insert emoticon here, The Tiniest Capen, working mother

This morning I got up at 6:30 to a happy, hungry, cooing Gwyneth. I changed and fed her, and when she was happy, cooing, fed Gwyneth, I gave her to Justin and started getting ready for work. They hung out on our bed and talked and played while I showered and dug through the laundry and got dressed, and then Justin noted that she had MouthFace again. MouthFace means she’s hungry, and since she slept for 8 hours I wasn’t surprised that she was hungry a mere hour after eating the first time. So I sat down and fed her again. No problem, right?

Yeah. Except for the part where when I turned her upright to be burped and brought back to her daddy, she puked all over my work clothes.

Right. Lesson number 3,043 in being a working mom: Don’t get dressed til you’re walking out the door.

Other frustrations that are now a part of my daily life:

  • My only alone-time comes in my office, pretty much only when I’m pumping breastmilk (since that’s Do Not Disturb time, and no one drops in to ask a question). At all other times I’m either in the company of Justin or Gwyn or my colleagues, and it’s emotionally exhausting.
  • Scheduling my day now revolves around ensuring there are appropriate and sufficient times in my calendar for me to do said pumping — and my work schedule was already sort of a nightmare. I’ve basically extended my workday by about 2 hours each day at a time when I most want to shorten it.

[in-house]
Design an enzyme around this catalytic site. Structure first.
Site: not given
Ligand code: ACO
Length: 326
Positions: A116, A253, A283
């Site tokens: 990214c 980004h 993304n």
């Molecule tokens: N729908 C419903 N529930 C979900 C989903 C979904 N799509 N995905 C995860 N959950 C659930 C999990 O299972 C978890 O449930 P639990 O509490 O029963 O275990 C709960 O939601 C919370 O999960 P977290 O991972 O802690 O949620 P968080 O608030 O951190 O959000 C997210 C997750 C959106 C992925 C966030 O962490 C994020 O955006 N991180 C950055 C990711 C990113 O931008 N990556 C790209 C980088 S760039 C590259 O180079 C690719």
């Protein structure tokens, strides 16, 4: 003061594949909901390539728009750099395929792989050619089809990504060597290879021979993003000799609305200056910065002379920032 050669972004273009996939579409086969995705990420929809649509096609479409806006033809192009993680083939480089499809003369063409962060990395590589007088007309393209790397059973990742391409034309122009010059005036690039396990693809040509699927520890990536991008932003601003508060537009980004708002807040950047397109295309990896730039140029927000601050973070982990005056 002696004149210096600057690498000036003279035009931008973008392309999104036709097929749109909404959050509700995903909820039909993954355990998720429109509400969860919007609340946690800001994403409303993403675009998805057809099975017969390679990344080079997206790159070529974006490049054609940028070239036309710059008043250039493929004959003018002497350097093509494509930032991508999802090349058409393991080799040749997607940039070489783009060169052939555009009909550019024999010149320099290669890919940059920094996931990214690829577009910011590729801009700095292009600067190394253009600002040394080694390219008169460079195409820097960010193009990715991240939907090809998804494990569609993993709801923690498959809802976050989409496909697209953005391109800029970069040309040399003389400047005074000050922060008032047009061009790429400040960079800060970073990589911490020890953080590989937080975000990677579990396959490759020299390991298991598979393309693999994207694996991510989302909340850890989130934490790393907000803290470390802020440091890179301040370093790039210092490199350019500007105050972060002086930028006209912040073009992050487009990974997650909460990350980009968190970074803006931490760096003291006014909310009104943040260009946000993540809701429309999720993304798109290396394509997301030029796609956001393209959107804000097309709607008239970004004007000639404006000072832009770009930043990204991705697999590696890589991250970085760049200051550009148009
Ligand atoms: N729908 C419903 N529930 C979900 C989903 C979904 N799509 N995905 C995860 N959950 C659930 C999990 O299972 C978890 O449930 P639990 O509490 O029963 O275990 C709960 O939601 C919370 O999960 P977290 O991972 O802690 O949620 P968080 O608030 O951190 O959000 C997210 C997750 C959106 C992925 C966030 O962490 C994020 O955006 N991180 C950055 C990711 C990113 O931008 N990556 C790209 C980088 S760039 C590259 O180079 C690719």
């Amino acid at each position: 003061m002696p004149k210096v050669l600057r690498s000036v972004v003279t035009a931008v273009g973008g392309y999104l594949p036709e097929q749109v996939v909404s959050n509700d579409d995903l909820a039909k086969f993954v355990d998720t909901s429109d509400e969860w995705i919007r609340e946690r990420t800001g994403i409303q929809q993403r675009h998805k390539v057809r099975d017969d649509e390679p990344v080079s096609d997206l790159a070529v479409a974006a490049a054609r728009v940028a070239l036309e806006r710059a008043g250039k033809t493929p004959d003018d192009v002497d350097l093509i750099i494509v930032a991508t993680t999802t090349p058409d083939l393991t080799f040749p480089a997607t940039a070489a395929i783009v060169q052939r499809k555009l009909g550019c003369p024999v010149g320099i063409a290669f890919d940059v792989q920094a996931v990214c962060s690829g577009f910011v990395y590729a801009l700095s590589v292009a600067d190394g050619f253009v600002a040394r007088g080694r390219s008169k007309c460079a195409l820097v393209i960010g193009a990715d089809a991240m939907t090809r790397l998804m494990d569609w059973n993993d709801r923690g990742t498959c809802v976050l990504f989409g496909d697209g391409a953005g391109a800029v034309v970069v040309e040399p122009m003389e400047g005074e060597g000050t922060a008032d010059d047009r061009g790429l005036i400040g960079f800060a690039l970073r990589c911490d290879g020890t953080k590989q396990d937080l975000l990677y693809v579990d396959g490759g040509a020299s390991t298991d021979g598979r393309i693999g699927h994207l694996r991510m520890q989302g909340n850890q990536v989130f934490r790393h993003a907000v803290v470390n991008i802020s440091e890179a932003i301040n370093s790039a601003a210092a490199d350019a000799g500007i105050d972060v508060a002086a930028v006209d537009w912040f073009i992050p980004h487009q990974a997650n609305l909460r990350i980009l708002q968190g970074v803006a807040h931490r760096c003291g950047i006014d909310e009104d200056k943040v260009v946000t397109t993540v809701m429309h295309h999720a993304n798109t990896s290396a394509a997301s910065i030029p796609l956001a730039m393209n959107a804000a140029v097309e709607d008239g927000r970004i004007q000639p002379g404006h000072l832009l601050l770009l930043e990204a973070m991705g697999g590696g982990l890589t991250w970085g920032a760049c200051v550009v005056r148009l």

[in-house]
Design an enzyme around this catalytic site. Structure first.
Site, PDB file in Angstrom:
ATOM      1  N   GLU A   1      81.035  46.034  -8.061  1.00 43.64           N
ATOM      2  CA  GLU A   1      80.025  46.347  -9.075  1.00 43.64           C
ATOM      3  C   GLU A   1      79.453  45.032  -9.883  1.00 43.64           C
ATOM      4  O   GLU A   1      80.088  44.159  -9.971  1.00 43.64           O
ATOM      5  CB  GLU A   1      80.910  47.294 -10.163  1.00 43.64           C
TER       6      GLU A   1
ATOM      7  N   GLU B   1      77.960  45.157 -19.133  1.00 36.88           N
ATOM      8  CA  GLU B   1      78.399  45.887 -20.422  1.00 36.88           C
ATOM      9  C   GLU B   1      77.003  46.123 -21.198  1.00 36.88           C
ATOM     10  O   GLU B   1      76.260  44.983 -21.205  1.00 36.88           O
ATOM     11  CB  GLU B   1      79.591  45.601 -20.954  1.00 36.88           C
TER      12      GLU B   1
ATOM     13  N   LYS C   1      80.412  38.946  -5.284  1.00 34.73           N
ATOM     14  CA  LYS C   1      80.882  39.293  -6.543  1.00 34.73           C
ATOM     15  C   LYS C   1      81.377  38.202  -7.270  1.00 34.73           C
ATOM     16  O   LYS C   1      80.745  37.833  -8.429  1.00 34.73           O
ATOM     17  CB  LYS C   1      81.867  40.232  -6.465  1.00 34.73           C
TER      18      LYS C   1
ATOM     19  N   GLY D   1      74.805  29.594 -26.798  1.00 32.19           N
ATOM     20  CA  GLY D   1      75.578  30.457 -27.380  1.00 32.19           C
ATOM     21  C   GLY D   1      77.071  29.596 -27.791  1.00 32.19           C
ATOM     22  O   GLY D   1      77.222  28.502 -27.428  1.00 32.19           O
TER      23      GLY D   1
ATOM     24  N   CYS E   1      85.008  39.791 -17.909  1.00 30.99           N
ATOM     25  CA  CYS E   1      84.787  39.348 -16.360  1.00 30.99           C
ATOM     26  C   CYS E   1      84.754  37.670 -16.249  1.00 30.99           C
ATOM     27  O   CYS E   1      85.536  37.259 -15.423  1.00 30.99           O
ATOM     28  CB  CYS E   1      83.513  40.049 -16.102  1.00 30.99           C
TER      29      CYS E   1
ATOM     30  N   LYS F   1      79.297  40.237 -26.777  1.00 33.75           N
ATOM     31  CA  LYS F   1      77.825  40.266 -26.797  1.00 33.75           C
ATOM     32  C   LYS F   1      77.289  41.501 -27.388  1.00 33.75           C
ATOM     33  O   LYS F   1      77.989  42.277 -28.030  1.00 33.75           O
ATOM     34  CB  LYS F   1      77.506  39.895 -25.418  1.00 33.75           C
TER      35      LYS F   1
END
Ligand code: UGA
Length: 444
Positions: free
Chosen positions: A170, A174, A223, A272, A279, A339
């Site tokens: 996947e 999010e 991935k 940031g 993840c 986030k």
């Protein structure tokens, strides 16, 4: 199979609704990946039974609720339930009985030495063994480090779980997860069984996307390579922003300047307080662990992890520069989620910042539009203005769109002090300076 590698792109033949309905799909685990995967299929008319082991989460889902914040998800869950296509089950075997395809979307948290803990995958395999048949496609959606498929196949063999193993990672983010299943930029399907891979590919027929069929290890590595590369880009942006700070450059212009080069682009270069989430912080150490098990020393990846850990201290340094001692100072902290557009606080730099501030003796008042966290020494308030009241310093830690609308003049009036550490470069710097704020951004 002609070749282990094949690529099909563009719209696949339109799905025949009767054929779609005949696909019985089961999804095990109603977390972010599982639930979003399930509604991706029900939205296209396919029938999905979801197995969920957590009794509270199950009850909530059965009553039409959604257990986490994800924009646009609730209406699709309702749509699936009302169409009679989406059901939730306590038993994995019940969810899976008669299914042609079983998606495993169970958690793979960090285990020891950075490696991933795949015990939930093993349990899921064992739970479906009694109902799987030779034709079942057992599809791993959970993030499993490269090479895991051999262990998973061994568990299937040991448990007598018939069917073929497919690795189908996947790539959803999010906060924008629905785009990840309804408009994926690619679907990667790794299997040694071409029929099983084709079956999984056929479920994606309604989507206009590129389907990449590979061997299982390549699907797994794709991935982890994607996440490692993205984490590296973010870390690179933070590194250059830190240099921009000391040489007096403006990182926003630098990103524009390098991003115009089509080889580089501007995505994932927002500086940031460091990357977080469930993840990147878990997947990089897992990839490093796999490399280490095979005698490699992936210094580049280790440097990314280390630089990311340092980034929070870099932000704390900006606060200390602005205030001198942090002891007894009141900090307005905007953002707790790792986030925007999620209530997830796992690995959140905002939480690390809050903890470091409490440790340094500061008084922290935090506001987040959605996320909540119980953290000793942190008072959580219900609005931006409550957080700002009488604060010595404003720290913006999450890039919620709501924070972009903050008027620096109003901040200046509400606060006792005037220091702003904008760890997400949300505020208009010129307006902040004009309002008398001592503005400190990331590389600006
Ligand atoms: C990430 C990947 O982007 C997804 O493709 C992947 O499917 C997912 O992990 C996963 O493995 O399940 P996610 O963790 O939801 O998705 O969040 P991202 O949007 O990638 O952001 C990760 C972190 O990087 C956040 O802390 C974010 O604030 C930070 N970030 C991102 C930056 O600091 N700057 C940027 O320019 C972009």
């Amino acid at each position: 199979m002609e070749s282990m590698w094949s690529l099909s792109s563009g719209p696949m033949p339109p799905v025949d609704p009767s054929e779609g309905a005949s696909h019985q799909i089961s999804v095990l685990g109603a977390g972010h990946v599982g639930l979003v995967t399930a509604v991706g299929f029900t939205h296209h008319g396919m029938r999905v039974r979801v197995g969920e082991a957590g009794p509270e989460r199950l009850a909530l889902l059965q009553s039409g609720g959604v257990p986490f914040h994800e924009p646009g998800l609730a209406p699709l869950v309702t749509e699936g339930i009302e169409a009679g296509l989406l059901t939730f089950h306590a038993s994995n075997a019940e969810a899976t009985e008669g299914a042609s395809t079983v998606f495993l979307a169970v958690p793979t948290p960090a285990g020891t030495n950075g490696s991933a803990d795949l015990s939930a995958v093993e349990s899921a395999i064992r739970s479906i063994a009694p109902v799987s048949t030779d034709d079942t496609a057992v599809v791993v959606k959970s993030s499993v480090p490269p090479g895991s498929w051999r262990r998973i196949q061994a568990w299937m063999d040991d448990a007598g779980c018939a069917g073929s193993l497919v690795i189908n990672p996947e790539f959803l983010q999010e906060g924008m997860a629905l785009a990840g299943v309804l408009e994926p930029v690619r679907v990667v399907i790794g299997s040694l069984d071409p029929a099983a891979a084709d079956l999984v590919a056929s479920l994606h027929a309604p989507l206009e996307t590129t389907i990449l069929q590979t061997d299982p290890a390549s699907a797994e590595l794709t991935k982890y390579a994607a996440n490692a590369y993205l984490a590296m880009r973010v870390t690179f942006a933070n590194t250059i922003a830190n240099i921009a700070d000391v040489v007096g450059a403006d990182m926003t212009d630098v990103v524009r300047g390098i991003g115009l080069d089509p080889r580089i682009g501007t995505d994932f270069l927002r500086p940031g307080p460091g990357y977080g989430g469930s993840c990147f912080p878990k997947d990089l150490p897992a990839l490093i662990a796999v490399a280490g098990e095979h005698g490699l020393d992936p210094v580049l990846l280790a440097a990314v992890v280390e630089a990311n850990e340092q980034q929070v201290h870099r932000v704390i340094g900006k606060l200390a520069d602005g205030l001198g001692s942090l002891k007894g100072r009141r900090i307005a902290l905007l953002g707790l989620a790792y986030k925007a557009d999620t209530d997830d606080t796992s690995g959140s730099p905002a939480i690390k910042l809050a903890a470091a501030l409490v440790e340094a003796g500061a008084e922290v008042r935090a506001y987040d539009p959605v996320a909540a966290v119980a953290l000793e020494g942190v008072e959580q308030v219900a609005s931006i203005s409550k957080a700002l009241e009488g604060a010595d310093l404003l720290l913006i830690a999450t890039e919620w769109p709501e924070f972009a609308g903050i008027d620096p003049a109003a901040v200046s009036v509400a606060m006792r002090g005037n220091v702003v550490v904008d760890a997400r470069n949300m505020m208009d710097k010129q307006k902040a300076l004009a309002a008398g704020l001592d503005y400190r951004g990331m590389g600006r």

• Making any plans for after work requires I consider pumping/feeding schedules, not to mention whether or not I’m being fair to Justin by not coming straight home, and considering the tradeoff of time spent doing whatever I’m doing vs time spent with my lovely daughter.
  • I can only wear clothes that don’t require a tank top that is too restrictive to pump in, since I really have no desire to strip naked from the waist up in my office several times a day, and that eliminates most of the tops I own since my style revolves around the tank top as base layer… and my wardrobe is already pretty limited by my post-partum size. I nearly lost it as I stood in front of my closet, wearing my only clean nursing bra, trying to figure out what else I could wear today after losing the pants, shirt, and sweater I’d planned on.
  • Packing for work now involves not only making my lunch and gathering my work stuff but also gathering an entire new bag full of pumping paraphernalia, all of which needs to be cleaned every day. I despise maintenance tasks.
  • I am stupid exhausted, and don’t envision the opportunity to sleep for more than 6 hours at a stretch to appear anytime soon, because breastfeeding means I physically can’t go more than that before things get wickedly uncomfortable. I used to be happiest with 9-10 hours of sleep. Alas.

None of those things, on their own, is really awful. They’re each just tiny oppressions, small inconveniences, manageable shifts in expectations and behaviors. But together, all of them, piled on top of each other… and the sleep deprivation thing acts as a compounding and multiplying factor. Maybe if I wasn’t so tired, so close to the edge of overwhelmed all the time, I could handle all the rest… but maybe not. Who knows — certainly not me!